What is Negative Equity?
Negative equity is the difference between the trade-in price of a vehicle and the actual amount you owe to the dealer. It is usually created at the time of a new car purchase or lease.
When you owe more in finance than your vehicle is really worth, you are said to be upside down. For example, if you purchased a car that is worth $20K but has a remaining loan of $25K, you are $5K upside down. Assuming that you trade your vehicle in on a new car, you are to pay $30K. The surplus amount of $5K is the negative equity that will be added to your purchase. So, you end up with a much higher price than the vehicle is worth.
Negative equity and California Lemon Law
Lenders report that the number of consumers trading in vehicles where they are upside down on the loan tends to increase sharply. Undisclosed negative equity arises from a trade-in vehicle that is rolled into the price of the new vehicle. If the dealer fails to disclose the amount of negative equity in your car purchase or lease, then he or she violates the law. In such situations, you are rightful to rescind the deal and get your money back. The same way, disclosed negative equity usually becomes a controversial issue in lemon law cases. This is because whether this equity counts as part of the price “paid or payable” for the car represents a heated topic of debate between consumer lawyers and manufacturer defense attorneys.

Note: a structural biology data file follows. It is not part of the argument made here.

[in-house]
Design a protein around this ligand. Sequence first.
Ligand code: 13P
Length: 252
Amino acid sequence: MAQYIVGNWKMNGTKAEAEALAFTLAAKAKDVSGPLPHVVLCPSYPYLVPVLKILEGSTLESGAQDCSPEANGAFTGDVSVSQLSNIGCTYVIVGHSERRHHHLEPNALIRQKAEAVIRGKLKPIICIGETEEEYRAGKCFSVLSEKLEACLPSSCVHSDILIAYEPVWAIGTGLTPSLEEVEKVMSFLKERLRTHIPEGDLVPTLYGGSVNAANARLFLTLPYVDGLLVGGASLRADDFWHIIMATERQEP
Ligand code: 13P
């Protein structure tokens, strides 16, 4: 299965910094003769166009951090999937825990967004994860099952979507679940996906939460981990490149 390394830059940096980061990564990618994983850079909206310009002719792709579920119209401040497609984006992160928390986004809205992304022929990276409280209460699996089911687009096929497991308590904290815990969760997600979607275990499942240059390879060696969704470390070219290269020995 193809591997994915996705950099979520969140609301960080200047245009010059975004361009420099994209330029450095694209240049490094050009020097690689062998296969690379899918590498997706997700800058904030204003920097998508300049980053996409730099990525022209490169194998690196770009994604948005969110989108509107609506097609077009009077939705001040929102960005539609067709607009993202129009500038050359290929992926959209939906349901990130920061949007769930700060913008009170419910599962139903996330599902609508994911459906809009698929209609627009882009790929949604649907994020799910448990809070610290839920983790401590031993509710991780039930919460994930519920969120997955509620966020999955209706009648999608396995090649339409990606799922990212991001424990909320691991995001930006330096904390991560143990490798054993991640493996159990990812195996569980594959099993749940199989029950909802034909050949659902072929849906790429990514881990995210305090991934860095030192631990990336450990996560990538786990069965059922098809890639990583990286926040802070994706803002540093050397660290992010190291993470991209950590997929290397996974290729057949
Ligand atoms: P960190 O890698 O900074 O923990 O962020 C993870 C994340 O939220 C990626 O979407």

The law assumes that in a lemon law claim, the negative equity is a deduction to the lemon law refund. This means that the dealer or the manufacturer must replace or repurchase your car with the actual price paid or payable by you.
Generally, negative equity is a complex and confusing issue. It often becomes a conflicting issue in most of the lemon law claims. It is better to have an experienced lemon law attorney on your side who will help you better understand your rights under California lemon law and protect you from some undesirable extra expenses. Our knowledgeable lemon law attorneys are always eager to help you tackle this undesirable issue in a lemon law case.